Response—Discussion Paper on Higher Education Research and Research Training

On 27 July 1999, the Australian Academy of Science made the following response to the discussion paper on higher education research and research training.


Recommendations

The Academy supports the Discussion Paper’s broad aims of promoting diversity and excellence in our higher education research. Australian Research Council (ARC)

We support

However, we recommend the following changes or additions:

    • the appointment of a part-time Chair and full-time Chief Executive Officer and Program Managers
    • the use of Discipline Panels, and peer review by the best local and overseas researchers, to assess applications for research grants
    • more frequent rounds of applications.
    • there should be a clear separation of ARC’s policy-advising and program-administration roles, with both remaining within the ARC
    • ARC should develop and implement priorities for allocating funding between broad discipline areas
    • talented young researchers should receive Large Grants from which they are now, in practice, excluded
    • the use of the proposed readers should be integrated with the process of peer review.

The Discovery and Linkage programs

The allocation of funds between the Discovery and Linkage categories should be within the remit of the ARC itself.

Linkage should be interpreted in a broad sense to ensure that collaborations, network-creation and international scholarships continue.

Major national and international facilities require funding contributions from several portfolios and research agencies, not just a matching of ARC’s contributions.

We support a single program to cover the existing Key and Special Research Centres, and recommended that it is administered flexibly to create critical masses of outstanding researchers and facilities. Research infrastructure

We support strongly the inclusion of a realistic research overhead component in competitive research grants but new money will be essential to support our researchers at international standards. This will require an infrastructure component of 50% of research grants. Research operating grants

A research assessment exercise should be established, in consultation with the Academies, to assess universities’ research performance and prospects on a departmental level.

The 60% load factor funding should be moderated by a quality factor derived from a research assessment exercise.

Externally sourced funds should only be used in calculating research operating grants if they are applied to research, according the internationally-accepted definition of the term and not if they are for expert services that do not entail the production of new knowledge.

The value of research student places allocated to universities should include a weighting in favour of disciplines in which research is inherently more costly. A weighting factor of 2:1 for disciplines like science and engineering compared with arts is needed. Research training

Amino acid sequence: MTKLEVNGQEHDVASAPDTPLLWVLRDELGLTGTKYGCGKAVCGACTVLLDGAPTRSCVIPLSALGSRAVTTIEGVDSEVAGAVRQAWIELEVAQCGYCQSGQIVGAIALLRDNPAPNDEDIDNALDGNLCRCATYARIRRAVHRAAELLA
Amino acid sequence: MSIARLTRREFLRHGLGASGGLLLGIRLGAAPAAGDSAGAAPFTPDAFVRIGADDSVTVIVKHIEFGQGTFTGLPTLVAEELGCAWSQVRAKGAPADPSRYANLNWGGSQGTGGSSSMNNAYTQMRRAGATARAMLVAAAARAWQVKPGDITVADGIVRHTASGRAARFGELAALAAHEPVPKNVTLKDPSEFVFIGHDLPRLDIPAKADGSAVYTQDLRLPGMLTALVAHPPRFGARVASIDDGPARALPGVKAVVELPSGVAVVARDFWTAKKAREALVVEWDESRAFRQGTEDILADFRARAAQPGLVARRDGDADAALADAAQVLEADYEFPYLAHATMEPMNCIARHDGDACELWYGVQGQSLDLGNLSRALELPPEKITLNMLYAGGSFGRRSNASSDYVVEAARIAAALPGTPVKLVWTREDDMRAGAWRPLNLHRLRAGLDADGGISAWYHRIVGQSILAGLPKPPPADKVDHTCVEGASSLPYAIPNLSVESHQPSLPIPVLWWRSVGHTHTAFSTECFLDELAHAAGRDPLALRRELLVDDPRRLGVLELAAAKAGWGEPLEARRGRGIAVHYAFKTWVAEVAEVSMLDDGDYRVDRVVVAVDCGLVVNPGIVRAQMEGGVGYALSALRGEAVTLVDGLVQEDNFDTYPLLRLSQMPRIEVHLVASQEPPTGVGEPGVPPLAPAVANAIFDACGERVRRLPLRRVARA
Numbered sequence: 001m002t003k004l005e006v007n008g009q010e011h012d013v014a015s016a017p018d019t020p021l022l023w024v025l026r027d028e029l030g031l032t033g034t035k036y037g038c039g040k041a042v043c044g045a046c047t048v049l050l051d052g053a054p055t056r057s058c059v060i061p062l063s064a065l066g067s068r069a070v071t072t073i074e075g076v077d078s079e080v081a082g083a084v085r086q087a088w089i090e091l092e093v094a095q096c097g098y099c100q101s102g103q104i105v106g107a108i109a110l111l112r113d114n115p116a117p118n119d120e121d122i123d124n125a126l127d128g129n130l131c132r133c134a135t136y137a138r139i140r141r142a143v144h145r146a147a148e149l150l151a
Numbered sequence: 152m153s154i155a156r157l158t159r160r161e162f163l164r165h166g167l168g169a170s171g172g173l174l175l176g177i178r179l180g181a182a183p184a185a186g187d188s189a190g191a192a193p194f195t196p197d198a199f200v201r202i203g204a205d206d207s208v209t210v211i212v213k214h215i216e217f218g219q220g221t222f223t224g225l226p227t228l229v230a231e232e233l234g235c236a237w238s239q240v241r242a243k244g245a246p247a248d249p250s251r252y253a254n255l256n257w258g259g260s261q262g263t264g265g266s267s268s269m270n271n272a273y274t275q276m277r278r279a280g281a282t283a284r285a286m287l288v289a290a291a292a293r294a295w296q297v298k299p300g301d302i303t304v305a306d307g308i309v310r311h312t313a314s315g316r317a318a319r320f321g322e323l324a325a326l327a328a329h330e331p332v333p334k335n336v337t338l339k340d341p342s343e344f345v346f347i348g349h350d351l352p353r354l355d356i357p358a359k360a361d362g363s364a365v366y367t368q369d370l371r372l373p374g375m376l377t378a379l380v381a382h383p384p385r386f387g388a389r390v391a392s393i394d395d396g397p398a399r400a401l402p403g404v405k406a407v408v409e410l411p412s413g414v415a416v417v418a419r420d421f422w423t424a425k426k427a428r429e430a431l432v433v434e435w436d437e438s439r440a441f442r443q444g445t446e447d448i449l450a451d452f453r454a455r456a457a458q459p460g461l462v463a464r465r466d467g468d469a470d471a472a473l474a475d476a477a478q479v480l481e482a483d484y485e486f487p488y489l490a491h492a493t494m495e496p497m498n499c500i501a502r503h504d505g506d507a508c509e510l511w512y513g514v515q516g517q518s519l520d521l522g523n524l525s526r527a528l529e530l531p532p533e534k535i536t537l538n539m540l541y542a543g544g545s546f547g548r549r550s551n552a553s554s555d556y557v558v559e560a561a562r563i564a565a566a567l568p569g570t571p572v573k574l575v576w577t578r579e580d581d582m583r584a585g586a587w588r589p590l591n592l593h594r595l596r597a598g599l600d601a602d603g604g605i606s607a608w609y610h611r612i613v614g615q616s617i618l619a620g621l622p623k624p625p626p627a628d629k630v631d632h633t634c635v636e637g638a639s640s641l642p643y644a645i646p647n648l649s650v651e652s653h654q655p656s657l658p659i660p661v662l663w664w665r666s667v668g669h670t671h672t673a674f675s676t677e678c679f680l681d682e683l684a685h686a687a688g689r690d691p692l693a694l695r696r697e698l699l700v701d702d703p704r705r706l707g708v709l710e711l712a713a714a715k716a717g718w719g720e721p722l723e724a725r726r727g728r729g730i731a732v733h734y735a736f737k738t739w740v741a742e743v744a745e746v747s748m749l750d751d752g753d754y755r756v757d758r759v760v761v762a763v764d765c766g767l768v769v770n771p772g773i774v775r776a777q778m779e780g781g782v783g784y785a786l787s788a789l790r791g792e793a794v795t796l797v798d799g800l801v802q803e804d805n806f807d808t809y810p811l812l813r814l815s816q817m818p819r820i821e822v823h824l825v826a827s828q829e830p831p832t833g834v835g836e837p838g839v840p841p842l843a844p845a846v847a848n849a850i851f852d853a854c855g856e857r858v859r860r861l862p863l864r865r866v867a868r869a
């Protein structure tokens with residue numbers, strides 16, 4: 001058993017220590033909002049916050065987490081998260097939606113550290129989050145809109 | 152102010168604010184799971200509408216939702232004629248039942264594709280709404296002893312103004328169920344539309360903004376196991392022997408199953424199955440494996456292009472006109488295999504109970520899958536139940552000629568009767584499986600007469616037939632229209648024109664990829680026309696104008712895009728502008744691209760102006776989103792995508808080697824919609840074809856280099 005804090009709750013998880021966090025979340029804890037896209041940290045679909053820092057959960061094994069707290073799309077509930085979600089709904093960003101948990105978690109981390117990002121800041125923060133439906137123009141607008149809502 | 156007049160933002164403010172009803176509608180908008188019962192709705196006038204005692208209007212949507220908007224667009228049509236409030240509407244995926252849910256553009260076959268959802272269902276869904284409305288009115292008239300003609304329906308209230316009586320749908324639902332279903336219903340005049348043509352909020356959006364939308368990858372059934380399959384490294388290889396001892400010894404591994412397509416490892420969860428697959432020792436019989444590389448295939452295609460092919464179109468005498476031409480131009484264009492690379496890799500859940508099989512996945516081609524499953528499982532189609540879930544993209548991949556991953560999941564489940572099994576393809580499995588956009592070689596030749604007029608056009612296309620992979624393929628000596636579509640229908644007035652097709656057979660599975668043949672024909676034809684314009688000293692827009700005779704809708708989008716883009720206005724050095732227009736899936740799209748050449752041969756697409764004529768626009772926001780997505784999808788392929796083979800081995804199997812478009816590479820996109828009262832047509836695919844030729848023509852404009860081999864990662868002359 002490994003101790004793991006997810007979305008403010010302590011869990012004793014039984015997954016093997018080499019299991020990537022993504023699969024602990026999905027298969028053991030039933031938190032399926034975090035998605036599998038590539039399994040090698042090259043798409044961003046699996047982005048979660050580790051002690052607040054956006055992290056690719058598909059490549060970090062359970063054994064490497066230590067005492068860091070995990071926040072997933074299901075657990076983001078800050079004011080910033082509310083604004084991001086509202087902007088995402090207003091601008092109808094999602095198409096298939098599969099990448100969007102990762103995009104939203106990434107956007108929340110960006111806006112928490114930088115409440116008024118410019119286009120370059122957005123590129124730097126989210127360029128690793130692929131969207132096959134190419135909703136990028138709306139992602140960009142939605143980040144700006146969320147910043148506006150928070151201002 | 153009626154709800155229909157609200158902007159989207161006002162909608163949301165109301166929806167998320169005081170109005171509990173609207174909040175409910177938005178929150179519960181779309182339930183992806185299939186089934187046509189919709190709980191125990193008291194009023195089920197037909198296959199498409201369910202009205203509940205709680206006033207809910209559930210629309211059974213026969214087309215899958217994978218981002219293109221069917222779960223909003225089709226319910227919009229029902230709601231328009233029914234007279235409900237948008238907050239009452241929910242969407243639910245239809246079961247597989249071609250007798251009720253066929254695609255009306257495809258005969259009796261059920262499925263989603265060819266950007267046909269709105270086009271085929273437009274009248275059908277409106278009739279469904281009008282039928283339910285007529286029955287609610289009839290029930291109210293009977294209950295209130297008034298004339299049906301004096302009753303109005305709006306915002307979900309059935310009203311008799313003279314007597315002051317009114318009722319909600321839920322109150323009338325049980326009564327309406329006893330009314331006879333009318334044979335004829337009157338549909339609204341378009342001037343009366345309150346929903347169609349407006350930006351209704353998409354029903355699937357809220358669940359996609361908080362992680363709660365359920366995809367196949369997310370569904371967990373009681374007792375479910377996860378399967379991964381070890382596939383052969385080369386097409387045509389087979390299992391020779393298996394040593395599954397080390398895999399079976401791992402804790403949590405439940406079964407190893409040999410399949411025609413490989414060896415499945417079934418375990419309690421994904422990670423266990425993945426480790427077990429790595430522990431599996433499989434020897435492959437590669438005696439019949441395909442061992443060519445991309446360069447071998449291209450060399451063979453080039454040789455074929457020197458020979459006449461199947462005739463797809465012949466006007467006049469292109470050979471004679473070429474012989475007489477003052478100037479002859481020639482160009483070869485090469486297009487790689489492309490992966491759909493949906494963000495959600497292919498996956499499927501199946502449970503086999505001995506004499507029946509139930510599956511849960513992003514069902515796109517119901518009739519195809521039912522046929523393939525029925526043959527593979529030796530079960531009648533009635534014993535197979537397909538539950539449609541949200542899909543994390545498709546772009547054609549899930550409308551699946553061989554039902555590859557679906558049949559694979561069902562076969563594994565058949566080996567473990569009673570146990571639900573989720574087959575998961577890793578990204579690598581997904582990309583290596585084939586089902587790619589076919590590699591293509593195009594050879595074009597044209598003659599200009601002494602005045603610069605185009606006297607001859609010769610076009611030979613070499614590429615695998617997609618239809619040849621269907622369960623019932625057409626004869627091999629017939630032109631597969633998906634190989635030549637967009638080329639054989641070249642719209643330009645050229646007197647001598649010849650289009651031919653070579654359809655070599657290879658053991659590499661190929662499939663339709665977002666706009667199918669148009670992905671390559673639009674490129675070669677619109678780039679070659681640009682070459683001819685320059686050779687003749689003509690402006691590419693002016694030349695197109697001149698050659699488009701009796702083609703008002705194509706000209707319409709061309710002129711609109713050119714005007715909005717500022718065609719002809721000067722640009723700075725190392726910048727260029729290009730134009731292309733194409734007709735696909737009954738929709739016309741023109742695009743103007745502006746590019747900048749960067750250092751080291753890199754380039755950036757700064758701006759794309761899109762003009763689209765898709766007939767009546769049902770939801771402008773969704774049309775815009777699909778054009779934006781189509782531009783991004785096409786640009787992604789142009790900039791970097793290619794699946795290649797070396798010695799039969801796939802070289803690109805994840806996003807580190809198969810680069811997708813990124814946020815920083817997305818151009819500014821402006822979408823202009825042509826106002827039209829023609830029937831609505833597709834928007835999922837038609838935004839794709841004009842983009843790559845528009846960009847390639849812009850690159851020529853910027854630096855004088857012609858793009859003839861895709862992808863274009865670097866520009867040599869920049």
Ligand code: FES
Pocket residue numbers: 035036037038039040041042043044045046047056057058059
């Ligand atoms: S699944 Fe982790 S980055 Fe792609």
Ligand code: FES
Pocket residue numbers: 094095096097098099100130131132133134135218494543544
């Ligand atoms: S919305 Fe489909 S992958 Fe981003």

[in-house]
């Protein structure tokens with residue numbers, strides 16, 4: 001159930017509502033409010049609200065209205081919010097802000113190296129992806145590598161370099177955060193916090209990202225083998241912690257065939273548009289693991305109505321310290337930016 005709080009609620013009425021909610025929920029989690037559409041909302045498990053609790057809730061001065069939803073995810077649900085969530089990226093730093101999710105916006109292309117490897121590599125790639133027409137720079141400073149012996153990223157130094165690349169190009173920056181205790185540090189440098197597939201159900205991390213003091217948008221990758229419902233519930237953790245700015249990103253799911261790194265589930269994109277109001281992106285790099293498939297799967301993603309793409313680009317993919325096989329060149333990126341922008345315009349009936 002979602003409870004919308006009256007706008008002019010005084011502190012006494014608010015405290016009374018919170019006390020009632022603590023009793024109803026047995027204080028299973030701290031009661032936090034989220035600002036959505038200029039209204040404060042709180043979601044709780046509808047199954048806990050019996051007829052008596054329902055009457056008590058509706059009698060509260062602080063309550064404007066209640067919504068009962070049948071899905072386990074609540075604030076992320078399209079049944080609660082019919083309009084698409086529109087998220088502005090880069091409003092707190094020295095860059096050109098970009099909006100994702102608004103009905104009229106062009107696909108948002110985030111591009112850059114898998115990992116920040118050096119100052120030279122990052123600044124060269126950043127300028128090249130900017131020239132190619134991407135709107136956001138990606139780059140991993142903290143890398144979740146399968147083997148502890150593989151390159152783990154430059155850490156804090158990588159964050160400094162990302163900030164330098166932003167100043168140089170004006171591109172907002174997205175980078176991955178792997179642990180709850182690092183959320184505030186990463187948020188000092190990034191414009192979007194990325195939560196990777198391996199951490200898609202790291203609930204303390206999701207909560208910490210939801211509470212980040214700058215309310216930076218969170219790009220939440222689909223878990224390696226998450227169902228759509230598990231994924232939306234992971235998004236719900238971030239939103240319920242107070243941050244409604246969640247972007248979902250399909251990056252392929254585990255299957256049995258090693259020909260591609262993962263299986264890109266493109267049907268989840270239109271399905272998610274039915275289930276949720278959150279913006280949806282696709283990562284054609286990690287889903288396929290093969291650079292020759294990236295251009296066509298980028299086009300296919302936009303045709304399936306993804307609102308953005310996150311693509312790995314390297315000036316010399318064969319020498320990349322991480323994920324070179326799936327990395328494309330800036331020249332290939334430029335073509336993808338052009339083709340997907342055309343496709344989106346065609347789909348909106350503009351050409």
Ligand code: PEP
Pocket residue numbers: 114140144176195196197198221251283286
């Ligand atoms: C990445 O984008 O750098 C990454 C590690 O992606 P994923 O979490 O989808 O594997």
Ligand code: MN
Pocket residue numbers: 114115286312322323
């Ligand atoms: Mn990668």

Holders of postgraduate awards

  • should be free to change from the institution at which their grant was made to another after at least six months with the first institution,
  • should be provided with a 10% loading on their stipend if they choose to move to another institution for their higher degree, and
  • be allowed a full three years after moving to complete their work.

The Academy strongly recommends that the whole research student allocation should be portable, including the weighting factor related to the differential costs of research.

The Academy does not support the one-year delay period for a student to change institutions and prefers the present six-month delay period.

Differential stipends should be used to encourage growth of research in areas of defined national need.

Introduction

The Academy supports the broad principles of the Discussion Paper. These include the need to aim for international excellence, create diversity in the higher education system, increase the mobility for students, encourage strong international links, strengthen the role of the Australian Research Council and, as part of wider government policy, develop a business tax regime which promotes research investment. We support the process of getting the structures right.

However, it is necessary to pursue these goals with greater concern about potentially undesirable consequences than is evident in the Discussion Paper. Otherwise Australia’s research performance may be reduced rather than enhanced.

In addition, there appears to be insufficient attention to the consequences of the fact that our universities are Australia’s major source of basic research and scholarship. Australian Research Council

The Academy supports strongly the enhanced role proposed for the Australian Research Council (ARC). It must be given responsibility for its own administration. This should involve, as the Discussion Paper proposes:

  • the appointment of a part-time Chair who would also be a distinguished scholar with high standing in the community generally,
  • the appointment of a chief executive officer who is an established, mid-career scholar, but looking to move into research administration,
  • Program Managers who are highly competent researchers, appointed full-time but for a limited term,
  • assessment of proposals by Discipline Panels using peer review by the best local and overseas researchers,
  • receiving applications more than once per year to reduce delays in research programs.

In addition, we make the following points:

  • We commend the clear separation of the policy-advising and program-administration aspects of ARC’s work proposed in the new arrangement. Both must remain under the umbrella of the ARC whose membership should be broad and expert enough for the tasks, but not larger than about twelve persons.
  • It is essential that the ARC develop a process for establishing and implementing priorities for allocating funding between the disciplines for which it is responsible.
  • The ARC needs to develop the potential of talented young researchers by awarding them Large Grants early in their careers. At present, beginning researchers are, in effect, excluded from Large Grants by the low success rate.
  • An advisory committee might be a suitable mechanism to recommend the Chair of the ARC, and the Academy would be prepared to comment further on this.
  • The proposal for the ARC to employ paid, discipline-specific readers should be integrated with the process of peer review of grant applications, which should still involve subject committees and referees of the highest national and international standing. It will be important for the revised arrangements to avoid some of the pitfalls encountered by the Engineering and Physical Sciences Research Council in the United Kingdom.